Previous Challenge Entry (Level 3 - Advanced)
Topic: Outlook (06/02/11)
TITLE: Filled to Overflowing
By Trudie Nash
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For he satisfieth the longing soul, and filleth the hungry soul with goodness Psalm 107:9
“You are too young to have such a negative outlook on life,” Ms. Snyder said as she stood over my desk and handed me the graded writing assignments from last week. The bold red A on the paper testified again to my skill and the ability of my almost flawless, soul searching journals to touch something in her. The bell, announcing the end of the period, startled me. I quickly stuffed the papers in my book bag and headed for the door. The good grades never satisfied me; the outlandish things that I wrote for attention never bothered her; she saw a negative outlook not the love starved kid that I really was.
“Amy, do you ever make a failing grade on these writing assignments?” My friend Janice asked as she crept beside me unnoticed. This was a difficult class for her, one she needed to graduate. What I could do with ease in about fifteen minutes took her sometimes the entire period. Her D+ paper embarrassed me, and I was glad I had stuffed the papers in my book bag so the glaring success of my A wouldn’t add insult to injury.
“Maybe you just need a negative outlook on life,” I said sarcastically. She blinked, and for a moment, she looked like she was going to cry. “I’m just kidding girl,” I said feeling badly now that I saw the look on her face. “That’s what Ms. Snyder told me today,” I said dodging passing book bags and bodies as we travel across the current of the crowded hallway. “Maybe if you wrote about some of the negative things in life and stop being Ms. ‘the glass is half full’ all of the time, your papers would really say something and your grades would be better.”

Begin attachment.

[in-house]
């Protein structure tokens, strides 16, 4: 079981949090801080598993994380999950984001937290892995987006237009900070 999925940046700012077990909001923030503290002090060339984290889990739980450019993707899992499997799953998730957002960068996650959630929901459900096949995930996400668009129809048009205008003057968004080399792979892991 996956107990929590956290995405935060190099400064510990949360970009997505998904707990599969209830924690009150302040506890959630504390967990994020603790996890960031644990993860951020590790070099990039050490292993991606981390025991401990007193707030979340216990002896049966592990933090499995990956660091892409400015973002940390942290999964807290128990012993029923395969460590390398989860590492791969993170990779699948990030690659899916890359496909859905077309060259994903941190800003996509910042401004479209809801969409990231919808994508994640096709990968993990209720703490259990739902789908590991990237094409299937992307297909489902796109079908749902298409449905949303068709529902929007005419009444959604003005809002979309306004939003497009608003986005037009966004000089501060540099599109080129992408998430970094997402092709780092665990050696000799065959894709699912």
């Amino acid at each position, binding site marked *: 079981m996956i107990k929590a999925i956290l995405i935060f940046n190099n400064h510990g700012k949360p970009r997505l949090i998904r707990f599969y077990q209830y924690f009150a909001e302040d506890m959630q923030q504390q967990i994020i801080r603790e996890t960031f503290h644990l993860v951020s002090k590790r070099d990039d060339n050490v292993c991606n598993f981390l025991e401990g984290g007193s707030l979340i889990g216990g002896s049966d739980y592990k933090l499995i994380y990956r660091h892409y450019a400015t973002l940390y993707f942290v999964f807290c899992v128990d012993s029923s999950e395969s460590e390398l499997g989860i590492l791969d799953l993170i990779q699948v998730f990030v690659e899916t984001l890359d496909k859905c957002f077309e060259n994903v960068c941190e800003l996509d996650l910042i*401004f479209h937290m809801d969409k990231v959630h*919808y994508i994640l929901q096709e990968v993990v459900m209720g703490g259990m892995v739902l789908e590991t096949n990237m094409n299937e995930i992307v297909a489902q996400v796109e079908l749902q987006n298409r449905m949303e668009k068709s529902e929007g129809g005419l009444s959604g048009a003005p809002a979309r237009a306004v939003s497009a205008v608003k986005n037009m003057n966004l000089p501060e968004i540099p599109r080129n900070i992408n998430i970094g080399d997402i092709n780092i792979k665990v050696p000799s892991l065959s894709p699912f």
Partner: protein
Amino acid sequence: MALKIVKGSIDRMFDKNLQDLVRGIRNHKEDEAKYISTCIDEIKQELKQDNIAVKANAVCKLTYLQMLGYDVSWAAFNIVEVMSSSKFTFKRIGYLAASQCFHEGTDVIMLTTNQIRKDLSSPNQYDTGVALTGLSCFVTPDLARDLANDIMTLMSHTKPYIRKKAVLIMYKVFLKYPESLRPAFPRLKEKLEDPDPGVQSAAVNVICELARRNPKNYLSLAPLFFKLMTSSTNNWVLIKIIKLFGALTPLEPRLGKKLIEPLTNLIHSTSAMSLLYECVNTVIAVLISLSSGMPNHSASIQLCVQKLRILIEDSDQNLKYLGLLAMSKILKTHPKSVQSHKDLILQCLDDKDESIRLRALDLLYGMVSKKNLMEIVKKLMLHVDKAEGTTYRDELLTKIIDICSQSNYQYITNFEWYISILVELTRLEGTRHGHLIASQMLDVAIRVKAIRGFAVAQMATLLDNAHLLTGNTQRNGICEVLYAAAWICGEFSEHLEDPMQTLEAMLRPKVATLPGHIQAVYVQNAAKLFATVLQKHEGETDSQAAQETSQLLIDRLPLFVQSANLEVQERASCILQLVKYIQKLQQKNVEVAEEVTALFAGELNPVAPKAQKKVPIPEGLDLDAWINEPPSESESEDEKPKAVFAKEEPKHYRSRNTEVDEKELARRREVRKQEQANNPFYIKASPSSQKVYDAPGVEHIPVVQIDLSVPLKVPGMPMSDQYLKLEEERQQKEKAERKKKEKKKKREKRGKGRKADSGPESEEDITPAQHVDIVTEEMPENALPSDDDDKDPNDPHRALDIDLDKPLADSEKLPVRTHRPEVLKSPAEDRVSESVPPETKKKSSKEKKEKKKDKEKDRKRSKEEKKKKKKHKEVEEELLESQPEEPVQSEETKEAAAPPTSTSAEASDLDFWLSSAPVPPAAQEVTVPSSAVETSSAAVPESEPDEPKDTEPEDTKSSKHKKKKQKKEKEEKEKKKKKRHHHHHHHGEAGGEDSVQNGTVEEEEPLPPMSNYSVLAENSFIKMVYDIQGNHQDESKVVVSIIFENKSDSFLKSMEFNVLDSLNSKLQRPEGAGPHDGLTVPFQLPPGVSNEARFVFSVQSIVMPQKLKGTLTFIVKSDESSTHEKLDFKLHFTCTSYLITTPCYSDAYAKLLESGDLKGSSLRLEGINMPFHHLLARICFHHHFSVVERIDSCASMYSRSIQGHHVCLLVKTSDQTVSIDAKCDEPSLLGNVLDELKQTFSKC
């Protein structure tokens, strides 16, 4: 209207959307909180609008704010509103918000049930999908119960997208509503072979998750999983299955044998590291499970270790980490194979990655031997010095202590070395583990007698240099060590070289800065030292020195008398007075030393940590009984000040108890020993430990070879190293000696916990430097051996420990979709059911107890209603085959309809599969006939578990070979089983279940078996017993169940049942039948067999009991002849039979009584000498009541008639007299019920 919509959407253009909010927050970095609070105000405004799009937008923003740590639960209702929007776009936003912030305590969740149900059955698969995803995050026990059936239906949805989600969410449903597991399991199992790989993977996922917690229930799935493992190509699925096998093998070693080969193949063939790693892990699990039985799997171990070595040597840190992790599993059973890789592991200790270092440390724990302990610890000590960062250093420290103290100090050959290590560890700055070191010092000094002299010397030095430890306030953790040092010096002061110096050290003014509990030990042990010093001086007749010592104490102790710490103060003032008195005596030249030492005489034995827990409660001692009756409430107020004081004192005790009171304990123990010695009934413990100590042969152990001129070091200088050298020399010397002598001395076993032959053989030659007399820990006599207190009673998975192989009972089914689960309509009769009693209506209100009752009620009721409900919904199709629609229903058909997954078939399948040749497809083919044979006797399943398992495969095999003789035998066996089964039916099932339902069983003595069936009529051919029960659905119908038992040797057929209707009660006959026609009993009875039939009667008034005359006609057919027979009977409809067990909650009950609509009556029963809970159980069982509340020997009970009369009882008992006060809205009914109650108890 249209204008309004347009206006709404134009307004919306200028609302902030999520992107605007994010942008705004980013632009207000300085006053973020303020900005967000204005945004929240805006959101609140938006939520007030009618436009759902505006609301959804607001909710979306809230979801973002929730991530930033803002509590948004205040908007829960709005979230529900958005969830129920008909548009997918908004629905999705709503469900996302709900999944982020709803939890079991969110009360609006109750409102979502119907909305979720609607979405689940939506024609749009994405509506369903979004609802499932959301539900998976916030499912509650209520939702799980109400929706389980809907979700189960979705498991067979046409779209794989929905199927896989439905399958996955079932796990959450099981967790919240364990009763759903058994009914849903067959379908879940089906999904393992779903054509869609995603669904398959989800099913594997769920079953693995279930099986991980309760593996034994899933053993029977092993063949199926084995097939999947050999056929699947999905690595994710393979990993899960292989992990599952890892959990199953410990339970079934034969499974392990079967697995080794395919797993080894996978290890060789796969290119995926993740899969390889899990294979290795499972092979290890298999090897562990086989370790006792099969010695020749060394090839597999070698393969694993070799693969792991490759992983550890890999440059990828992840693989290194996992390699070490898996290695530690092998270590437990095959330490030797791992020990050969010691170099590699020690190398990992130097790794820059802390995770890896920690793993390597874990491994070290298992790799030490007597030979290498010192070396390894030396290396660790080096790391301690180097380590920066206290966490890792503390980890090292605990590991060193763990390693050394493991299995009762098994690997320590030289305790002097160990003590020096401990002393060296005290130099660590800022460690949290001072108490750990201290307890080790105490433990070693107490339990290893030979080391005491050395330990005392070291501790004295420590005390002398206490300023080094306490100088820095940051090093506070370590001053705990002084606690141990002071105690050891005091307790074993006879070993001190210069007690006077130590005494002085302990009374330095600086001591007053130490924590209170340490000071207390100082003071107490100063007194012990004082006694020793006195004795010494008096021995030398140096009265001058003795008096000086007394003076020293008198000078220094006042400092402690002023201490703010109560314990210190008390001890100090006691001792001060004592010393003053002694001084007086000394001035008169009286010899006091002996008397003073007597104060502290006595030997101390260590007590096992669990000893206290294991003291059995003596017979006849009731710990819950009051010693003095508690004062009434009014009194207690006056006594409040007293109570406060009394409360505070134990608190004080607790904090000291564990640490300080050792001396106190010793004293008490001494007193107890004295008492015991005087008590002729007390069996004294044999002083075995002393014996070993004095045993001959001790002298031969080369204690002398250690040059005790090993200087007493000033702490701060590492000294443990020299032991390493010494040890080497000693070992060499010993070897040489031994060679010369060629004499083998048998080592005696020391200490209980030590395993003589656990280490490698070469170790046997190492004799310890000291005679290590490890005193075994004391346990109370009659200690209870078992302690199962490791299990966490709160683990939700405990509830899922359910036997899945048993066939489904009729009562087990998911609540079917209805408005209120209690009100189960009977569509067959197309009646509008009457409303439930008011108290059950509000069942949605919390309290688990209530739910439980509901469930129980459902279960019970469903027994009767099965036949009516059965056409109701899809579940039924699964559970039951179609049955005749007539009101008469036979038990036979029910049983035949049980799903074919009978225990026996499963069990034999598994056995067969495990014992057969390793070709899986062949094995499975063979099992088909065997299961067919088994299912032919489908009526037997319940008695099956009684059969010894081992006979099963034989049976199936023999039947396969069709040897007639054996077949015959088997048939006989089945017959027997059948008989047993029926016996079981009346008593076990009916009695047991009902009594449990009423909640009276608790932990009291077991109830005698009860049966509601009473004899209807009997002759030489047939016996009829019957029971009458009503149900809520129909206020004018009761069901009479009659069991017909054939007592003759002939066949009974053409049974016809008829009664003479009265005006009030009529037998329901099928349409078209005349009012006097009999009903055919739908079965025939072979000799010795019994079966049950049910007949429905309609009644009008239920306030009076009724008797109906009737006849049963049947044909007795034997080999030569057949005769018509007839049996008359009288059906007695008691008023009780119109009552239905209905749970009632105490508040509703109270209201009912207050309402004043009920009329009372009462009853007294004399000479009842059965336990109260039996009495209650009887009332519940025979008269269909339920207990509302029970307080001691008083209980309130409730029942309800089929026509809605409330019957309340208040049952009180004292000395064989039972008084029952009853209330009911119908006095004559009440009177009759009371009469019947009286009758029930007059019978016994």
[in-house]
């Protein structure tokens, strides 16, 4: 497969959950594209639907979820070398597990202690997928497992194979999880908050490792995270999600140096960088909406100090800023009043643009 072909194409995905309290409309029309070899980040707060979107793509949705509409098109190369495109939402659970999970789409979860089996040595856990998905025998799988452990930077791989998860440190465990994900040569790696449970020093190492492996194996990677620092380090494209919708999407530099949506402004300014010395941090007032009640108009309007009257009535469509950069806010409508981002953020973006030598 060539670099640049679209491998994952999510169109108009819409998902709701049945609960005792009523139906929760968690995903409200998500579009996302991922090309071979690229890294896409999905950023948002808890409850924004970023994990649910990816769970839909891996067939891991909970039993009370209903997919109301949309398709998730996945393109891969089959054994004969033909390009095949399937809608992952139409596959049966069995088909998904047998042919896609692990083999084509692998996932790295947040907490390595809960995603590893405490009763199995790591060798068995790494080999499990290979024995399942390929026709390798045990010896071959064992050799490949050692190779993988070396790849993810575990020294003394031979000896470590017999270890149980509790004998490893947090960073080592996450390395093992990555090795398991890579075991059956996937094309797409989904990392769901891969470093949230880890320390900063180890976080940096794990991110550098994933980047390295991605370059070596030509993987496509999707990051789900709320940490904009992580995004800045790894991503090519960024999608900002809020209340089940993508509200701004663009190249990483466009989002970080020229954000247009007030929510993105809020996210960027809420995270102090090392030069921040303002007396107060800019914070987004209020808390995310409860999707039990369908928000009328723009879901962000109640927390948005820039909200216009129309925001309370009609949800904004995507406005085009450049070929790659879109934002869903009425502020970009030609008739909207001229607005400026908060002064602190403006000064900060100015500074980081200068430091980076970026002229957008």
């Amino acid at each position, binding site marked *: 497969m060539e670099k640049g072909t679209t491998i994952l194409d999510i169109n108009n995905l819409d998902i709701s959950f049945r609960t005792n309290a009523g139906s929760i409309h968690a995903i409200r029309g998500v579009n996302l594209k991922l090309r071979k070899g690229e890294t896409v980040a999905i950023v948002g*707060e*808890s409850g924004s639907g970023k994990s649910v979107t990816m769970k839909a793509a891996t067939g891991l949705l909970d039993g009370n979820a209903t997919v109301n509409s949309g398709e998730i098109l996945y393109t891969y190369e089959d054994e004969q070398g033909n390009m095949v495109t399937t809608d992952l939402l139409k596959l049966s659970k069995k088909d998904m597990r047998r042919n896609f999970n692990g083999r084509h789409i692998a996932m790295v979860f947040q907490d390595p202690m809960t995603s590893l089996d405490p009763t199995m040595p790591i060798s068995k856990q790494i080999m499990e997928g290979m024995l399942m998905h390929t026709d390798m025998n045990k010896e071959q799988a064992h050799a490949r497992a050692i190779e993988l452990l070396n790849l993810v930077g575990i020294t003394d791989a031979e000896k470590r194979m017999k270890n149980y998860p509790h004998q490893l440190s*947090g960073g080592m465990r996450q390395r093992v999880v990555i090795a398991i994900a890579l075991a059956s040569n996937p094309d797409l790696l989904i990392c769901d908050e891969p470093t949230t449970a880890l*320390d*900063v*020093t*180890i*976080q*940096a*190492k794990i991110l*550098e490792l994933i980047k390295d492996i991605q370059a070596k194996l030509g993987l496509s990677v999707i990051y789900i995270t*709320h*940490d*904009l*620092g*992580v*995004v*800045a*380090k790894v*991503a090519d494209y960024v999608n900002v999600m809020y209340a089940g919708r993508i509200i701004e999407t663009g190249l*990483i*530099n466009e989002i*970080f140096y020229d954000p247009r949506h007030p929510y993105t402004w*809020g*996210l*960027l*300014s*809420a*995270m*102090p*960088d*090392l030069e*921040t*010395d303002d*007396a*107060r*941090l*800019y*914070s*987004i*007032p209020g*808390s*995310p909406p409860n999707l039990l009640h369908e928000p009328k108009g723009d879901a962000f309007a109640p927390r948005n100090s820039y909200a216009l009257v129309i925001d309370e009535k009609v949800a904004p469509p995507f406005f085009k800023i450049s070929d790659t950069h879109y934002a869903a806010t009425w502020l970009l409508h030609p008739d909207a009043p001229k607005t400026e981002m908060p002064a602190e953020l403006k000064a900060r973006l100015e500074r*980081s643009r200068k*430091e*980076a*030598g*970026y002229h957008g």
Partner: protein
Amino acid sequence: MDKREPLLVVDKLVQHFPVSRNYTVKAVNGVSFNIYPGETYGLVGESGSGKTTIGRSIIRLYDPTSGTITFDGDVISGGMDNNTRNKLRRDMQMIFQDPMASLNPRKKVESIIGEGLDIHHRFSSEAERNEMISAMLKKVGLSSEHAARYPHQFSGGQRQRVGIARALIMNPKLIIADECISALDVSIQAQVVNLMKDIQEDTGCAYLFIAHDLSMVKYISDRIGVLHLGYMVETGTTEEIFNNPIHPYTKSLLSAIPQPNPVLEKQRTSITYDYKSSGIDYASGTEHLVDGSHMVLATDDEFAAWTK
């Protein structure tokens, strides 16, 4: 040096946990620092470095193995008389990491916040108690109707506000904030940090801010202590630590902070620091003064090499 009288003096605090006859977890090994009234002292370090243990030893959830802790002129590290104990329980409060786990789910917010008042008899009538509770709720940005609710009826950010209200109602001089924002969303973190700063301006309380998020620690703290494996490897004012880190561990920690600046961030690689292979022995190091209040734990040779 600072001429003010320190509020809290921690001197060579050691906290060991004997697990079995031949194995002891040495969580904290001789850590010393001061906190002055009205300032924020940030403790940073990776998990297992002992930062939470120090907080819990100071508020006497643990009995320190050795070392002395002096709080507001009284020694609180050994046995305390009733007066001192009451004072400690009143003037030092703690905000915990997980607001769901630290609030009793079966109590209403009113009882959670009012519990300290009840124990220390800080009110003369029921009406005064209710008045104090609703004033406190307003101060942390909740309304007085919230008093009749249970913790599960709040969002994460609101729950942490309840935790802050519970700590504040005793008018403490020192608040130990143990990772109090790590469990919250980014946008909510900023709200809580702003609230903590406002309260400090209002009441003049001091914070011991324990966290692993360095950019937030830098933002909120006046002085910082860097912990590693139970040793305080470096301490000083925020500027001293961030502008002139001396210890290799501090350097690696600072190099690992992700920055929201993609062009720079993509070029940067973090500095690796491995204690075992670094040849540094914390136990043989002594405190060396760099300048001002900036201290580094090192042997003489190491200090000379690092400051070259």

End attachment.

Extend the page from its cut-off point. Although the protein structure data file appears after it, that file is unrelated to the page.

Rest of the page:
“Nahhh,” she said softly “I’ll just have to try harder because what I write is true; see you tomorrow.”
“Hey, smarty pants, do me a favor,” she hesitated before making her request, “read this and tell me what’s wrong with it.” She handed me the paper, gave me a quick hug, and was immediately lost in the sea of bodies headed to fourth period.
I was an office aide this period, and as usual, there was nothing for me to do so I took the papers out and began to read. Except for a few misspelled words and grammatical errors, I saw nothing wrong with the paper. It was the comment made by Ms. Snyder that caught me off guard. The bold black stroke of her pen simply said, “Do you really believe this!” Our writing prompts for last week were on the theme of what makes life worthwhile. Janice in her shy, sincere manner had written about having found Jesus Christ the year before when her mother had been diagnosed with cancer. Her papers spoke about finding peace, how her mother’s complete recovery taught her about the faithfulness God, and how it taught her believe in miracles. She said something about his blood cleansing her and how she really felt like a new person. I almost agreed with Ms. Snyder, how could anybody believe this?
As I continued to read, I started to feel so empty. My outlook, so negative, according to Ms. Snyder was sympathized with and applauded, while Janice’s spiritual look on the bright side was criticized and put down. Janice’s words were fresh and pure. They were appreciative and happy, while mine were bitter and angry. All of a sudden I realized what was wrong, I wasn’t satisfied. Nothing in my life filled me with hope; nothing in my life made me feel new or clean. I grabbed the bottle of correction fluid near the computer and whited out the D+ and put in its place an A. The importance of her words deserved a better grade. I realized that an outlook like Janice’s would change my world; filling the glass of my life, that always seemed empty, until it overflowed.
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